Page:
18 July 2014

Review: The Three

The Three
The Three by Sarah Lotz

My rating: 3 of 5 stars

No book I have read recently that I've enjoyed and finished has frustrated me the way The Three has.

The book is sort of a World War Z take on four plane crashes that occur at the same time around the world. There are three child survivors, and it ushers in a weird reaction where some see it as a biblical apocalpyse, others various conspiracy theories, there are questions of immortality, and so on and so forth. Conceptually, the idea is really fascinating and certainly kept me going on this book.

What's frustrating about it? For one, far too many of the characters end up sounding exactly the same, which just doesn't work in a book like this. While there are really fully-formed, distinct characters (most notably the Asian survivor's contingent), the rest feels really similar whether you're in Cape Town or in the Americas. For another, the journalistic angle the narrative takes ultimately leaves a lot more questions than answers, and, while I get that the choice taken here is the point, it really didn't work within the existing narrative. This is not to say all raised questions needed to be answered, but it also means that, when providing a Lost-style story, the end result of leaving some questions unanswered needs to be much more compelling than what was ultimately offered.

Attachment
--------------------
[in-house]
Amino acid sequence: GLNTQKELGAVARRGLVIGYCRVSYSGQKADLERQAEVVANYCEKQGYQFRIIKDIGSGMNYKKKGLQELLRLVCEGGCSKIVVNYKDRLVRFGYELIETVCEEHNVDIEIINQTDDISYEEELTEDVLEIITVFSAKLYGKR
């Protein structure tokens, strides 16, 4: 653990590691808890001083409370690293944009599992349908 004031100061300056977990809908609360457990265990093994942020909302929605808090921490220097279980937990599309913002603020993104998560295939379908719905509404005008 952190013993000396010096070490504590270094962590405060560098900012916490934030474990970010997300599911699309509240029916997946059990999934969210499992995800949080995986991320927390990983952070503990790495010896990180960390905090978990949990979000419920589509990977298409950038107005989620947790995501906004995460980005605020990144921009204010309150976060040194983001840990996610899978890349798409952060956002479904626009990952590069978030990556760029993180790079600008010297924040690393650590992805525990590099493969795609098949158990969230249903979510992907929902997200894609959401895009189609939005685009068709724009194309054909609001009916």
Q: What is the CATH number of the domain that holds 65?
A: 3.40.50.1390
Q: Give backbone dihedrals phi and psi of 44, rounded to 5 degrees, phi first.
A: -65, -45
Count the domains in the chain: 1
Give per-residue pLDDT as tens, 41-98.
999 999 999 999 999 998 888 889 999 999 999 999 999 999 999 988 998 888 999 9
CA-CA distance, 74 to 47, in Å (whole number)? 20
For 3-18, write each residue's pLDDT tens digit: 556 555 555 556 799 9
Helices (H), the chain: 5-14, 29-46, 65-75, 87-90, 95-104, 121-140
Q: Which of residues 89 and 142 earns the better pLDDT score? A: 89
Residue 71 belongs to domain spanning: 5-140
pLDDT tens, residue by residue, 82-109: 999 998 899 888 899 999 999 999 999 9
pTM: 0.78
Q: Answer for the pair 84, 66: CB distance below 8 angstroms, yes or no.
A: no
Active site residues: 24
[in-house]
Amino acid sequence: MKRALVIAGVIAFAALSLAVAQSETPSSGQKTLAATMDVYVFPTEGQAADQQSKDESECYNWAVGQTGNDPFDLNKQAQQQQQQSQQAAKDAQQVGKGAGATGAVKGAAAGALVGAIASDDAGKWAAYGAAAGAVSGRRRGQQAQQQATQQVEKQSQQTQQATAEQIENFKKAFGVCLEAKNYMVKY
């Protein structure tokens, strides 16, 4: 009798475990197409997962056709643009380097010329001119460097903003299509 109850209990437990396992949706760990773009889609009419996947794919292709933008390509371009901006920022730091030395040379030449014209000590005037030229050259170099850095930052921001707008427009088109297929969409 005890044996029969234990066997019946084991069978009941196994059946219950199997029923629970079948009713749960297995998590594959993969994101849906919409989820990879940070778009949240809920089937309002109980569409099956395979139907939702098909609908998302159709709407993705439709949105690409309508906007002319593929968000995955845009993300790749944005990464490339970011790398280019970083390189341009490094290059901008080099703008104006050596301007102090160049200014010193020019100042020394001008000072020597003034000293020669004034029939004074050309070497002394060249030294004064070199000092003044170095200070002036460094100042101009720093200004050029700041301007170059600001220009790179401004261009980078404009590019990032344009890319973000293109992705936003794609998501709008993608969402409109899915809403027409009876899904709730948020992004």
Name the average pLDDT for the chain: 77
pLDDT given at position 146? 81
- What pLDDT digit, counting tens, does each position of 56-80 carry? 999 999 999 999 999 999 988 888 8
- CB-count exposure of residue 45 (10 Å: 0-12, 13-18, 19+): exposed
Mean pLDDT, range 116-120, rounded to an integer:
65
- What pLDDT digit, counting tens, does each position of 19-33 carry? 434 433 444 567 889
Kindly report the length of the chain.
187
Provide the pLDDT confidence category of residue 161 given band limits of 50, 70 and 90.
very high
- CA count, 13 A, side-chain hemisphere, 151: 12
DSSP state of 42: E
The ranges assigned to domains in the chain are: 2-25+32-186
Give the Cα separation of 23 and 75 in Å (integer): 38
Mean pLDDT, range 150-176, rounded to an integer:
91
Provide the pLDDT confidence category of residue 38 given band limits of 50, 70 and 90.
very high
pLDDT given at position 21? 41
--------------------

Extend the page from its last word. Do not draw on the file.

This is less a story of survivors than a story of people dealing with a confusing world. I can see why I was drawn to it, and I can see why other people have come to enjoy this. It's just so flawed and so riddled with unforced errors that made me feel like it could have been more that those issues offset what was otherwise a quick and occasionally entertaining read. I can't recommend as much as I'd like to, although you could do worse if you're looking for a sci-fi beach-style read.

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